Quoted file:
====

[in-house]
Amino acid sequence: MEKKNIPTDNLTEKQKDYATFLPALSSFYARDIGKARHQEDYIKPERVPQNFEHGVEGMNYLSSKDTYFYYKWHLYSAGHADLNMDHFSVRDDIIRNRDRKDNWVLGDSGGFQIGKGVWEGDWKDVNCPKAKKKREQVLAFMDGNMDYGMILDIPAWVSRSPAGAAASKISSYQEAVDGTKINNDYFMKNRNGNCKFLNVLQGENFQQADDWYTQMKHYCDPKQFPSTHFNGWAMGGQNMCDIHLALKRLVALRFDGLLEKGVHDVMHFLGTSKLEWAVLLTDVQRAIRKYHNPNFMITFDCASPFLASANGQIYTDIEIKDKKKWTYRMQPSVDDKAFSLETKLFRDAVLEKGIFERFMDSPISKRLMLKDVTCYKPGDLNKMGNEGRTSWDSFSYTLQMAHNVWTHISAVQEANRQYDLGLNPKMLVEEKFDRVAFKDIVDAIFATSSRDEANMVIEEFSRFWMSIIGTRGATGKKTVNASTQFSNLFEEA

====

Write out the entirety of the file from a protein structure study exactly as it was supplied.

[in-house]
Amino acid sequence: MEKKNIPTDNLTEKQKDYATFLPALSSFYARDIGKARHQEDYIKPERVPQNFEHGVEGMNYLSSKDTYFYYKWHLYSAGHADLNMDHFSVRDDIIRNRDRKDNWVLGDSGGFQIGKGVWEGDWKDVNCPKAKKKREQVLAFMDGNMDYGMILDIPAWVSRSPAGAAASKISSYQEAVDGTKINNDYFMKNRNGNCKFLNVLQGENFQQADDWYTQMKHYCDPKQFPSTHFNGWAMGGQNMCDIHLALKRLVALRFDGLLEKGVHDVMHFLGTSKLEWAVLLTDVQRAIRKYHNPNFMITFDCASPFLASANGQIYTDIEIKDKKKWTYRMQPSVDDKAFSLETKLFRDAVLEKGIFERFMDSPISKRLMLKDVTCYKPGDLNKMGNEGRTSWDSFSYTLQMAHNVWTHISAVQEANRQYDLGLNPKMLVEEKFDRVAFKDIVDAIFATSSRDEANMVIEEFSRFWMSIIGTRGATGKKTVNASTQFSNLFEEA